Our three children inherited their mother’s love of science. Our oldest, Christina, is 26, and works as an architectural engineer. Laura, 25, is finishing her third year in medical school. Our son Tim just graduated college with a chemical engineering degree. We like to say that they all received Sue’s math skills and my verbal skills – and it would have been tragic had it gone the other way around. I cannot but help think of the verse from Deuteronomy 26:11, “Be grateful for the good things that the Lord your God has given you and your family; and let the Levites and the foreigners who live among you join in the celebration.” (GNB)
Pastor Joe DiPaolo
This week, I thought I’d write about my journey to faith and into ministry. My early church experience was in the Roman Catholic Church. Though my grandparents’ generation had been quite devout (a great-aunt was a nun in Italy), the next few generations were decidedly less so. Our Catholicism was part of my cultural identity, rather than a spiritual commitment. Still, I attended church as a child, and was confirmed in seventh grade, later drifting away by high school. At that time, God to me was distant; the Power who built the universe and set up the rules, but not a personal God whom I could know and love.
It was in college that I underwent a conversion experience, through the agency of several friends, a campus ministry, and the usual crises of identity that befall 19-year olds. In surrendering to Christ, I experienced a profound sense of God’s living presence for the first time, which has never left me. The Bible came alive, and I was hungry to learn more. I put off plans to attend law school, went to work for a bank in New Jersey, and took a night course at a nearby seminary. That course, along with a summer mission experience in Latin America the year before, convinced me I was being called to some sort of professional ministry.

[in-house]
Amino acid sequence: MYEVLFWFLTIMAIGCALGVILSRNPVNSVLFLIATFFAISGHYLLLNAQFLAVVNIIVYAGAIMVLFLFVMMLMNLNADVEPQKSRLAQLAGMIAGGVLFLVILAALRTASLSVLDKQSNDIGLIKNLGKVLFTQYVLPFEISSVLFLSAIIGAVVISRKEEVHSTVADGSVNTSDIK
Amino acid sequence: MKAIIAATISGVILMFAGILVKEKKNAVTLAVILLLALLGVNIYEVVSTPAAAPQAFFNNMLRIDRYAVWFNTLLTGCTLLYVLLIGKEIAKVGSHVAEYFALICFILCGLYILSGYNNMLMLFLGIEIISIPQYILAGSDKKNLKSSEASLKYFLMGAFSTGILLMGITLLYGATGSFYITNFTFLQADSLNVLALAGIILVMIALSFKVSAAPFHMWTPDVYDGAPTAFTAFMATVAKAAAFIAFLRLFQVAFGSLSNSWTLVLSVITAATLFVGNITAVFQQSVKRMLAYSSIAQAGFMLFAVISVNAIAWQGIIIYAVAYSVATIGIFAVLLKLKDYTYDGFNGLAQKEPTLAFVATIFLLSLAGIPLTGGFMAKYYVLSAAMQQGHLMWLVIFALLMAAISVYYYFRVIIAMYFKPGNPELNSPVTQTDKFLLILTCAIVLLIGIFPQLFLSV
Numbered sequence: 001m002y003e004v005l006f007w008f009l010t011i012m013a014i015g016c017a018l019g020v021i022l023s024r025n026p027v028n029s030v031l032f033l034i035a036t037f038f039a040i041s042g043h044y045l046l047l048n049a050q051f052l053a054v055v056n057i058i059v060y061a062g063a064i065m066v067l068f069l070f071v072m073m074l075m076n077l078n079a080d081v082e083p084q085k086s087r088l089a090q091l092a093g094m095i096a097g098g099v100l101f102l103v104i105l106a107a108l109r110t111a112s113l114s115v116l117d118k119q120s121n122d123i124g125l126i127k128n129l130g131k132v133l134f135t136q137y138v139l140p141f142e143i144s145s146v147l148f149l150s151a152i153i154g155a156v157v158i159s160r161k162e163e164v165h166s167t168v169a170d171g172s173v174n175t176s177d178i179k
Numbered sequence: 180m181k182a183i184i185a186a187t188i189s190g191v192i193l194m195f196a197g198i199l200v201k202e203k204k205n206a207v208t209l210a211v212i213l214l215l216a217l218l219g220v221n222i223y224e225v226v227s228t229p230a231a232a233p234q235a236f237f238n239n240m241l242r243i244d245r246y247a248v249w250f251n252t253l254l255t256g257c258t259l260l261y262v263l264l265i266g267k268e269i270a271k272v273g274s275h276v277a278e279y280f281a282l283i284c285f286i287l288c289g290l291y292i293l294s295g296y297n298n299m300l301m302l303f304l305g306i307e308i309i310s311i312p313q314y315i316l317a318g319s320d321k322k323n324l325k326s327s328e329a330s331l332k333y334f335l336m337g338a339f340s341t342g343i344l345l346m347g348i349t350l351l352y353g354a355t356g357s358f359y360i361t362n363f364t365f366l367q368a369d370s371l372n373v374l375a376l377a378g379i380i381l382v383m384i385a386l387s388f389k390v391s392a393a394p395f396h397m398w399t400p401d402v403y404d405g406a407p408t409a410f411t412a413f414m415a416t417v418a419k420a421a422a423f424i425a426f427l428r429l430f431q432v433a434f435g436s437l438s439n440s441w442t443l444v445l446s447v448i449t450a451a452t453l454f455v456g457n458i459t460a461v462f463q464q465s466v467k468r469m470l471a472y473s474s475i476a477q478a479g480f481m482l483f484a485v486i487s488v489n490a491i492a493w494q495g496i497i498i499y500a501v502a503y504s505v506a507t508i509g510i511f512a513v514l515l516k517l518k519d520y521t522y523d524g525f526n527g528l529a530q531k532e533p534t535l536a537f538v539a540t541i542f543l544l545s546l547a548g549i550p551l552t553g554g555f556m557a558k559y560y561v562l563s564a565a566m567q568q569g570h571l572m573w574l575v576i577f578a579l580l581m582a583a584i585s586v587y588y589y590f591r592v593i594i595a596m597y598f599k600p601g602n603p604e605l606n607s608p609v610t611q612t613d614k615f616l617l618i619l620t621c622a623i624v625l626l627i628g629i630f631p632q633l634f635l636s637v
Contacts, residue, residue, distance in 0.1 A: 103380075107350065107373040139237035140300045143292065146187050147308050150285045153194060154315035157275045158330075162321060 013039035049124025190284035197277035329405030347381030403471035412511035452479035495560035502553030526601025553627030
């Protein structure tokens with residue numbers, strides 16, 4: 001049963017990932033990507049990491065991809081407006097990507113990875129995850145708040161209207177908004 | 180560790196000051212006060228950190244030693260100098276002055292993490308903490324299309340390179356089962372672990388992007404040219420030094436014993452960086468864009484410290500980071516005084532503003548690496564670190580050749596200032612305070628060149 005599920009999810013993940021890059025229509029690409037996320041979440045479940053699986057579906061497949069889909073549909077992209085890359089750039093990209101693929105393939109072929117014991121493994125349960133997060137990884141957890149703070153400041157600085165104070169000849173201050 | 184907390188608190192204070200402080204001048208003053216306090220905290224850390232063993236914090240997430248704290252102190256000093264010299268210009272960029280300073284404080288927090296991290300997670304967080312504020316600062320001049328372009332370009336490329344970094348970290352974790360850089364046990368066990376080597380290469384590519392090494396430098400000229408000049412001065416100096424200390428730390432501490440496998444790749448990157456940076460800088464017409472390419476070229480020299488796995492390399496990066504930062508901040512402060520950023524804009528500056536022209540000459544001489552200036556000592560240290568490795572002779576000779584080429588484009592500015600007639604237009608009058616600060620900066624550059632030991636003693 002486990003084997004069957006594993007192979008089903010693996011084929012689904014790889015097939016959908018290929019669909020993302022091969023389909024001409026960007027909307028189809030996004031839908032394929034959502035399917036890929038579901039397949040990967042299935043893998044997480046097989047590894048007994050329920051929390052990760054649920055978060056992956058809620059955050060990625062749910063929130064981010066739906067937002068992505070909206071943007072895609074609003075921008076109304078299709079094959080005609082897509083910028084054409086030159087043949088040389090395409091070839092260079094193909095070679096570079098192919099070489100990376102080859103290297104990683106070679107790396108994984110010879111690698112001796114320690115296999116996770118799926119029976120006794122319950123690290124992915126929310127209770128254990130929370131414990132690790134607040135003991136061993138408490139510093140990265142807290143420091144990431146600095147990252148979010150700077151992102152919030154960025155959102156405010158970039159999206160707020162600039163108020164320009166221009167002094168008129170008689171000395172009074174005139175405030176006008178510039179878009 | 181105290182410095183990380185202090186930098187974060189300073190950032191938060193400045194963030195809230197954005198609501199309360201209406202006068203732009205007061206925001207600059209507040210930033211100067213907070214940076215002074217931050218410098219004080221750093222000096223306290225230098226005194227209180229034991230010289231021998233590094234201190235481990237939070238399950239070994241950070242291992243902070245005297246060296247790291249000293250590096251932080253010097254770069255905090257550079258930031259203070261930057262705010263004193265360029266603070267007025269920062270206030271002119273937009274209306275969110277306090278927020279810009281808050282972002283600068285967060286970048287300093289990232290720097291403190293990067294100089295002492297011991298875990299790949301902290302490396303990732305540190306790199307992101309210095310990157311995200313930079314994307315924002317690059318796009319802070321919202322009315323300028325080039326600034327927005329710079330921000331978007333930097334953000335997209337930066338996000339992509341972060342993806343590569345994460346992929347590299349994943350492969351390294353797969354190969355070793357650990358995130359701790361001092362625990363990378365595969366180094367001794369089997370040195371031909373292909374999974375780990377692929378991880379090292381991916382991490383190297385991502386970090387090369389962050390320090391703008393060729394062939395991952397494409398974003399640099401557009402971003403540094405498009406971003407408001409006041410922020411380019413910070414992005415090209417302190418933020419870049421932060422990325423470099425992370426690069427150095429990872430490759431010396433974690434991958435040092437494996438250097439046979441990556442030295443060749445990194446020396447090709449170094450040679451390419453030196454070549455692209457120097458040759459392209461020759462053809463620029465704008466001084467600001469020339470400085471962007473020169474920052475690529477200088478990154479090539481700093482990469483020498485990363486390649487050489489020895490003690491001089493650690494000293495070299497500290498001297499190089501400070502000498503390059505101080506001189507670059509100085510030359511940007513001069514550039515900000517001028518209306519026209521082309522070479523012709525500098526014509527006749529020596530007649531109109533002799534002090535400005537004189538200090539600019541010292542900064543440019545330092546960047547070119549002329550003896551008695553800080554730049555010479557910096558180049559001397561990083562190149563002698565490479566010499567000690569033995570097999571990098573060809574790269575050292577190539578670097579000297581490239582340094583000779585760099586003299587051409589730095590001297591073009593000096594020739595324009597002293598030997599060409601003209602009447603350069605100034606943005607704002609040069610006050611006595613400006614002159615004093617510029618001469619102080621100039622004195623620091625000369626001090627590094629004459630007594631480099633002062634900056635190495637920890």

I began studies at Palmer Seminary in 1984, and joined the Bala Cynwyd UMC, where the pastor, Rev. Andy Schultz, became a mentor. I became acquainted with the writings of John Wesley, and was impressed with his holistic understanding of the gospel – uniting head and heart; faith and works; personal faith and social engagement; the sacramental and the evangelical; revelation and reason; God’s sovereignty and human responsibility. I was hooked, and developed a life-long love of Methodist theology and history. I pushed forward with candidacy for ministry in the United Methodist Church, and in 1988 was ordained a deacon and assigned to my first charge. Looking back, I can truly testify that God is faithful, and that he uses even flawed people like me, if only we are willing to say, “Here I am, Lord; send me!”